Lose wolves, lose the wilderness

Bob Hayes has some advice for Yukoners who want to revisit the wolf cull: don't bother. "It's completely not worth it," he said. Hayes worked as Yukon's wolf biologist for 18 years, until 2000.

Bob Hayes has some advice for Yukoners who want to revisit the wolf cull: don’t bother.

“It’s completely not worth it,” he said.

Hayes worked as Yukon’s wolf biologist for 18 years, until 2000. During that time he helped design and deliver Yukon’s wolf control programs.

His conclusions? It’s costly. It often doesn’t work, and when it does, its effects are always temporary.

And, ultimately, it cheapens the Yukon by transforming wilderness into a glorified meat farm.

Hayes has, quite literally, written the book on the subject: Wolves of the Yukon. It’s a decade in the making, and, by luck, its release later this month coincides with a review of the territory’s wolf management plan.

Hunters have long lamented low moose, caribou and sheep populations in the Yukon. Hayes is familiar with the usual circle of blame.

Resident hunters blame First Nations. First Nations blame outfitters. Outfitters blame resident hunters.

And everyone blames wolves, whose hunting prowess has inspired admiration, fear and resentment.

Yet our many efforts to curb wolf numbers in the territory have proven to be a dismal failure. Not poison, nor trapping, nor aerial shooting has made any more than a temporary dent in wolf numbers.

Today, Yukon’s wolf population remains essentially unchanged from what it was believed to be 10,000 years ago. The territorial government believes we have approximately 4,500 wolves – one of them for every eight of us.

Wolves take too many moose and caribou calves, is the common refrain. Yet wolves are just doing what wolves have done here for thousands of years.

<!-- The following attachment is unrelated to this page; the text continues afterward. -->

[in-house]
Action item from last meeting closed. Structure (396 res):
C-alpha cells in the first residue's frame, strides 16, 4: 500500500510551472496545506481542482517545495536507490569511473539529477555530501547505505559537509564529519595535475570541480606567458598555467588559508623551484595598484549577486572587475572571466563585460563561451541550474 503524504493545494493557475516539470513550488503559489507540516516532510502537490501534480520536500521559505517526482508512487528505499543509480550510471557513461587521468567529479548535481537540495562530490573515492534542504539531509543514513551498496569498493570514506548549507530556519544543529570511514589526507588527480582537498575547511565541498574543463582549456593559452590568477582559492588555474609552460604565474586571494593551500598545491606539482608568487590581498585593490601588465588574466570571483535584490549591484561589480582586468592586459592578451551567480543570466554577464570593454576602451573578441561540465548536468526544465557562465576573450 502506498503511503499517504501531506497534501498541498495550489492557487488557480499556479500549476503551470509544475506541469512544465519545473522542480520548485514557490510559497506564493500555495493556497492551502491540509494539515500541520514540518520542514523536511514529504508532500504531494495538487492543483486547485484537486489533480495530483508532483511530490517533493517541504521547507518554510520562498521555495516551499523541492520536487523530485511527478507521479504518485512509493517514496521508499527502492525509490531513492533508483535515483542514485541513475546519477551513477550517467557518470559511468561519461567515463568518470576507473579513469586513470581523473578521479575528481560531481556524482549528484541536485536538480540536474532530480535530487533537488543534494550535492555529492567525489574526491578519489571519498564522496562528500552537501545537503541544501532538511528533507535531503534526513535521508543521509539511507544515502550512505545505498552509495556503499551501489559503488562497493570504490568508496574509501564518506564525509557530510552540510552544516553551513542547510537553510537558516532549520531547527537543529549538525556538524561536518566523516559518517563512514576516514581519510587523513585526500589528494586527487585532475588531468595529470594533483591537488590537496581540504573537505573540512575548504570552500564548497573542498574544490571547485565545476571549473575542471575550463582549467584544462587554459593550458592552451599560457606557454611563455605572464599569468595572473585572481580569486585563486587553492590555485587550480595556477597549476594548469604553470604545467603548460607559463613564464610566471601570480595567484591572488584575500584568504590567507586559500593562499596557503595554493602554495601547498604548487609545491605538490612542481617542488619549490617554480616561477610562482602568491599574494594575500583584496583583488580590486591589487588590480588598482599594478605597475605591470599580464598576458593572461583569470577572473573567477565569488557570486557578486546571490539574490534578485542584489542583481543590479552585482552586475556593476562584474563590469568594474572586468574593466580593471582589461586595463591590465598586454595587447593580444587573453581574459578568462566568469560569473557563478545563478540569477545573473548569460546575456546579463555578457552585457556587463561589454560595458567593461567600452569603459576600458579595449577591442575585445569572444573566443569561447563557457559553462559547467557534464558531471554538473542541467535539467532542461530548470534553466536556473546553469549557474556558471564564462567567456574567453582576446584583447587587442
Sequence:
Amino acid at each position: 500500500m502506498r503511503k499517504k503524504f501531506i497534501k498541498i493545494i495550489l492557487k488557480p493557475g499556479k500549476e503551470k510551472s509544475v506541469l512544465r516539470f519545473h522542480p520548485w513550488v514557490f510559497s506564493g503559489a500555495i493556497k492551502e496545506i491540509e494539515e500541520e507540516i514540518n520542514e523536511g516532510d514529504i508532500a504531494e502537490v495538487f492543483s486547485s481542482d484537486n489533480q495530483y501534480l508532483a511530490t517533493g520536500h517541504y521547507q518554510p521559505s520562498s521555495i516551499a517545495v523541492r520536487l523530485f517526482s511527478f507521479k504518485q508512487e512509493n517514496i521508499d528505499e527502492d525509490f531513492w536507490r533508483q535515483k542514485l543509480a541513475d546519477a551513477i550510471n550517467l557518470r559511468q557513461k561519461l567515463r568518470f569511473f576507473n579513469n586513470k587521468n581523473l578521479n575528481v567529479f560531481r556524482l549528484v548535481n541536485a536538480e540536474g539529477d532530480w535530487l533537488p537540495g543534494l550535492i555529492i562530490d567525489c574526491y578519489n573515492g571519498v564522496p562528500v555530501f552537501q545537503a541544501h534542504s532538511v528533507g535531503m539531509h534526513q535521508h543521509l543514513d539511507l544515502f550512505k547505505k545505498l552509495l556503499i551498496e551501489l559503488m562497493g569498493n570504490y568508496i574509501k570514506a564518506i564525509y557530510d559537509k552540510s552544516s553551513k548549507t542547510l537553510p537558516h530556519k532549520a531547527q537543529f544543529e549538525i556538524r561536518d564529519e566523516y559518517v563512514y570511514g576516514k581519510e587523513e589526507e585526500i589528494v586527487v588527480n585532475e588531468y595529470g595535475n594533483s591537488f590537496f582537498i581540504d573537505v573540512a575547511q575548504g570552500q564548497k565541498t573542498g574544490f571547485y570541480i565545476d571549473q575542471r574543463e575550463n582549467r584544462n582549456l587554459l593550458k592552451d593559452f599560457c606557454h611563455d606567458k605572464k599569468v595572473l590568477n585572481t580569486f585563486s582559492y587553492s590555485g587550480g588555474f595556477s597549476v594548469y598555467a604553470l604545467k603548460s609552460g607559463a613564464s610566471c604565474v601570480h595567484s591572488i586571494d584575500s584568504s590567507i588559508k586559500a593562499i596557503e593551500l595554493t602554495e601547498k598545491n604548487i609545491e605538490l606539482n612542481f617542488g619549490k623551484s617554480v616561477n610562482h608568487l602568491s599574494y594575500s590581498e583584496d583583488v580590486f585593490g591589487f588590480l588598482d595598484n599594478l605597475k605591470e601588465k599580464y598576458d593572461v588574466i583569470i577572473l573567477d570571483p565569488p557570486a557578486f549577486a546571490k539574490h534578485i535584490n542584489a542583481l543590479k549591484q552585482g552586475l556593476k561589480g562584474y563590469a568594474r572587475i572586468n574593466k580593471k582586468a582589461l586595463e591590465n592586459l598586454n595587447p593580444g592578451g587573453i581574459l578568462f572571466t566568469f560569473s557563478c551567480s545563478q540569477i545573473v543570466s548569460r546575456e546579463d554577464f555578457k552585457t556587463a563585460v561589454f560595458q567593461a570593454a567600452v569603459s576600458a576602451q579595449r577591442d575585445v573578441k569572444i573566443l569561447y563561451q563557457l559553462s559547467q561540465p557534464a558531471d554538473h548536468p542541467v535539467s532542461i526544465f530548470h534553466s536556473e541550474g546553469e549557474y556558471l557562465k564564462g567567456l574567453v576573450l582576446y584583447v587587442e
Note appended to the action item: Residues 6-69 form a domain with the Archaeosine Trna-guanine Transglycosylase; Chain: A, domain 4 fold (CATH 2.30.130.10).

During that time, moose and wolves have co-evolved, shaping each other’s migration and reproduction patterns. Hayes suspects the Yukon timber wolf’s reliance on moose is the reason why our wolves are among the biggest in the world.

In wildlife management circles, wolf “control” is almost always a euphemism for kill. But we’ve tried it all, and none of it has made a lasting impact on wolf numbers.

Between 1982 and 1997, Yukon’s wildlife branch conducted broad scale wolf killing programs to boost the number of moose, “at great cost to taxpayers,” according to Hayes. During that time helicopter crews shot 849 wolves in the Coast Mountains, Finlayson and Aishihik.

In the Coast Mountains, moose numbers remained stagnant. Hayes believes that’s mainly because grizzly bears, rather than wolves, were killing most calves.

In both Finlayson and Aishihik, moose populations exploded – an apparent success. But, once wolf control stopped, wolf numbers bounced back within just four years.

As a result, Finlayson’s moose and caribou populations spiked, then spiraled back to where they started within a decade.

Aishihik saw similar results. The killing of 189 wolves allowed moose numbers to double and caribou to triple. But, within a decade of the wolf cull, these populations had sunk yet again.

The lesson learned? For wolf-killing to be effective, it would need to be repeated every few years. Hayes questions whether Yukoners have the stomach, or deep pockets, to keep it up. He clearly remembers how Yukon’s wolf kill program drew the condemnation of animal rights protesters across the country, who converged on Whitehorse.